Real's new RealPlayer SP software, currently in beta, adds functionality to rip YouTube and other streaming videos from the Internet and get them onto whatever handheld you choose. It works well enough, but it's also crammed full of unnecessary features.
RealPlayer SP is the evolution of the long-running RealPlayer software, which has become a multi-limbed beast of a program: It's a media manager and player, along with a packaged web browser, a subscription and a la carte music store (Rhapsody), a gaming store (Real Arcade), an audio recorder, and now a streaming video ripper/converter with ties-in to social networking sites. It is at the moment Windows only, though we're assured a Mac version is forthcoming. The beta comes in two versions: One is free, and the other costs $40 and includes H.264 conversion, DVD playback and DVD burning.
The SP stands for Social/Portable, so you can get a hint of where they're going with all this. In addition to RealPlayer itself, the software integrates a button to rip video into your browser (Firefox, Chrome, and IE are supported, Opera is not, no word yet on Safari). This new addition includes a converter to pretty much every portable video format you could imagine, from BlackBerry to Symbian to iPod to Zune.
Where RealPlayer SP is convenient is in this video conversion, especially if you've got a more niche phone or PMP (and I certainly do). Normally, conversion to Zune-supported video is kind of a pain in the ass, but RealPlayer SP handles it easily and well. For newer devices like the Palm Pre and BlackBerry Bold, RealPlayer SP can pass the converted video right through to the player, while it's able to go through iTunes to get video onto an iPhone or iPod touch. Older or less common devices, like my BlackBerry Curve 83xx and my Zune, are still supported, but you'll have to copy the new video files over manually.
The problem with this new iteration of RealPlayer isn't the new features, it's the underlying RealPlayer media software. iTunes, Zune, MediaMonkey and WinAmp are all better and more full-featured media jukeboxes, and unfortunately, Real's new focus on streaming video is new to that category of software but certainly not new to any of us. Hell, Firefox has had extensions that can do the exact same thing for years, with admittedly weaker codec support.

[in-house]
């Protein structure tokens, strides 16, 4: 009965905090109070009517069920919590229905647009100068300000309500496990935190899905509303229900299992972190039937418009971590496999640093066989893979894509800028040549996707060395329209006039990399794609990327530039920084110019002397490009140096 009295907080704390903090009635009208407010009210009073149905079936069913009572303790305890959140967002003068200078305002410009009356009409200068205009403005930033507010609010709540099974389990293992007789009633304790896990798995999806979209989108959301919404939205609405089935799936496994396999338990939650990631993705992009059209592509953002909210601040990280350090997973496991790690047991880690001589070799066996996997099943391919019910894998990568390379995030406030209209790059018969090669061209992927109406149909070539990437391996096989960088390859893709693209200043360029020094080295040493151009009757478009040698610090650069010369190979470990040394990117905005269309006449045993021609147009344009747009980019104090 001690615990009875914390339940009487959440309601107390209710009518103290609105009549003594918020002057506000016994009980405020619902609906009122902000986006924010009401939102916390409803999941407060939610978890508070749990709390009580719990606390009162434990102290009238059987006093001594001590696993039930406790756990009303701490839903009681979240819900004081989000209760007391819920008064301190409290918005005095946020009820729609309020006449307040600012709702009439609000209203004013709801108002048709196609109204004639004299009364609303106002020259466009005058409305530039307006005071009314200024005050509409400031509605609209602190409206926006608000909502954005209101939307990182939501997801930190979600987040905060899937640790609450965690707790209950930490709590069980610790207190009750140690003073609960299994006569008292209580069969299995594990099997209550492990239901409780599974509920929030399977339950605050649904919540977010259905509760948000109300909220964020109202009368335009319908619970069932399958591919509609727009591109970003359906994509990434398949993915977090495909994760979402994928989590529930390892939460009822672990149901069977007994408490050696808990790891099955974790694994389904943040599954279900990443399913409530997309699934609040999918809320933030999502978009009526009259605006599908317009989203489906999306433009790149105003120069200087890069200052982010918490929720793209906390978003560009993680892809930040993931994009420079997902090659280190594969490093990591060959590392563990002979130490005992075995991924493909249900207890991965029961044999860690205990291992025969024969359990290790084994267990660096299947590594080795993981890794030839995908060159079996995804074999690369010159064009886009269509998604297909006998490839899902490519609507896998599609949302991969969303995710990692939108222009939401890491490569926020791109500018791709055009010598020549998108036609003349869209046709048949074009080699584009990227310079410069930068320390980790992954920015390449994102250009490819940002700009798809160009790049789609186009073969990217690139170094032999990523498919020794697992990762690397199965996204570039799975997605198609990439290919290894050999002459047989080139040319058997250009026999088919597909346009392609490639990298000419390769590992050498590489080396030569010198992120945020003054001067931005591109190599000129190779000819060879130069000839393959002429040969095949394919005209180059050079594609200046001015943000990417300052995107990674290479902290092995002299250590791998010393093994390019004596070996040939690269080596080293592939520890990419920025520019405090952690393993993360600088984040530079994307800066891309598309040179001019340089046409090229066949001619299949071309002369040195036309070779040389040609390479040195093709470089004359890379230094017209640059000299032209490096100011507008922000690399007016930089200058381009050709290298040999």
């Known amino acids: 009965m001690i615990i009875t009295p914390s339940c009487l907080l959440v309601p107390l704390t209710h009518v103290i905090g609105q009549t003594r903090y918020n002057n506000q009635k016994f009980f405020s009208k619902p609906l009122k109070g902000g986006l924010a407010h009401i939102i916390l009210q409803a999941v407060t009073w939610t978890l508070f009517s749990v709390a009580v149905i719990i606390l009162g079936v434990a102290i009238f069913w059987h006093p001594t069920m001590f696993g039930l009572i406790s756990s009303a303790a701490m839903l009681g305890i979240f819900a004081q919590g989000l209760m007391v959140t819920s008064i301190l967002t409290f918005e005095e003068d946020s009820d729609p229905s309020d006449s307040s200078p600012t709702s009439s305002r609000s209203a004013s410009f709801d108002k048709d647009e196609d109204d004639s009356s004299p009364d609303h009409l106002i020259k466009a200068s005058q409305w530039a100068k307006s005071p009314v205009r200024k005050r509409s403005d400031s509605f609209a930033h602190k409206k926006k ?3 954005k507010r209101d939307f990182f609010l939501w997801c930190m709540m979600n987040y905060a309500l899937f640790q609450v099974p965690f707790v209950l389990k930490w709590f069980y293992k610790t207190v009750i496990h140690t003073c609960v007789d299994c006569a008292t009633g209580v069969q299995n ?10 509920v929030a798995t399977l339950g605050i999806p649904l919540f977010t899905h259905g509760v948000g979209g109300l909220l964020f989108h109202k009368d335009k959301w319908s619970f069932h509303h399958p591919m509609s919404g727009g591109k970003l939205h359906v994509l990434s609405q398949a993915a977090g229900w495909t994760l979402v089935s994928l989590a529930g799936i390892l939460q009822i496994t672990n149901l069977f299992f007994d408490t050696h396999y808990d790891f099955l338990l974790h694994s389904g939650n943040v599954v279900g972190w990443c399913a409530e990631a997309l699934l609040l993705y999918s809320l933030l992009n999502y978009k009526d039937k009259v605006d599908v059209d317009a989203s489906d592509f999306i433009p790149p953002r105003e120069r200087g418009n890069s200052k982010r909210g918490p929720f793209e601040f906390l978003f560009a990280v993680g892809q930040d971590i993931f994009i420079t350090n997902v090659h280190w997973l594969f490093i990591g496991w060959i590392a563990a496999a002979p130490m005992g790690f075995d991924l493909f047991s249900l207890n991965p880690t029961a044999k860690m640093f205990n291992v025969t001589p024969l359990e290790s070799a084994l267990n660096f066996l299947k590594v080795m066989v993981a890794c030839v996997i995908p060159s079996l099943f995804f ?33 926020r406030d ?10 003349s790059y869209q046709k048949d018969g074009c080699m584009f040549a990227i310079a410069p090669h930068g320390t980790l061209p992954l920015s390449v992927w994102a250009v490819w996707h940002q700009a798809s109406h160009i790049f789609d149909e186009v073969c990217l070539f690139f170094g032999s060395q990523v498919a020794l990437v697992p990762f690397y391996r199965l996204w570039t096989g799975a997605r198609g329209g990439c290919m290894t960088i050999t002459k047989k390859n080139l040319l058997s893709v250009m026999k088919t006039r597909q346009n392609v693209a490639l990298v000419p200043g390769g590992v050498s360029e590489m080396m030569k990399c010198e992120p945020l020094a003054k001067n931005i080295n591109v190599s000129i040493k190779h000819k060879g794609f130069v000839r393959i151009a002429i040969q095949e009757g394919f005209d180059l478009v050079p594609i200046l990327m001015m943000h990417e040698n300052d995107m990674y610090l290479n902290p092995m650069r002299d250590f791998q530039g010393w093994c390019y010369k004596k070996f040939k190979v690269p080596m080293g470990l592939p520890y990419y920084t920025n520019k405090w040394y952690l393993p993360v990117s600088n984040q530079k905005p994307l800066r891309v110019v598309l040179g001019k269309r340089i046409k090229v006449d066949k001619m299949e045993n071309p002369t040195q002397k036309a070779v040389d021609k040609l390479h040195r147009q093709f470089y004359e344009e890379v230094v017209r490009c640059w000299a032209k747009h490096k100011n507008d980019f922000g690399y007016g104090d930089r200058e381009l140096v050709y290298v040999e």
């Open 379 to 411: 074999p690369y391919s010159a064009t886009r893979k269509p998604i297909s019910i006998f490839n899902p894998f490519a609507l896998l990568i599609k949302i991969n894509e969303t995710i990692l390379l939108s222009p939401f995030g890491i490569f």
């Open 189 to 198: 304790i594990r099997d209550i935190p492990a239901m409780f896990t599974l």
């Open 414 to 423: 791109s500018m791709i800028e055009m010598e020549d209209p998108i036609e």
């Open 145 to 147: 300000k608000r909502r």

I also wasn't thrilled with the conversion speed or efficiency. Real claims a 1x conversion time, meaning 1 minute of video will take 1 minute to convert, which is actually quite pokey. A 3.2MB music video took 3.5 minutes to convert, and I ended up with a 6.6MB file. Sure, it's not a big deal for such a tiny video, but it feels like it should have been far snappier.
RealPlayer SP is also tied in to various social networking sites, but it's pretty half-assed: For Twitter, it just provides a link to the page of the video you downloaded, along with some prime advertisement for Real that kind of makes you sound like a jackass. The default tweet is "just downloaded so-and-so video with RealPlayer!" followed by a link to the RealPlayer download site. So get ready to follow every single one of those Twitter posts with "Clarification: I do not work for Real."
Really, the new features in RealPlayer SP aren't bad at all. It's a good idea to integrate streaming video ripping into a media jukebox, and RealPlayer SP does about as good job at it as we could ask. But the overall package needs some work: RealPlayer SP is way too bloated to work as just a video ripper/converter, and as a media jukebox it's outdated and cumbersome. Real has a good idea here, but RealPlayer needs more than some flashy add-ons. We'd love it if Real would put out the SP features in a simple applet, and leave off the browsers and media managers that we don't give a damn about.
So who should actually use RealPlayer SP? If you're a BlackBerry or Zune owner who uses Windows, loves YouTube and is confused by the multitude of third-party video converters, RealPlayer SP would be an excellent choice for getting video clips on your phone. [Real]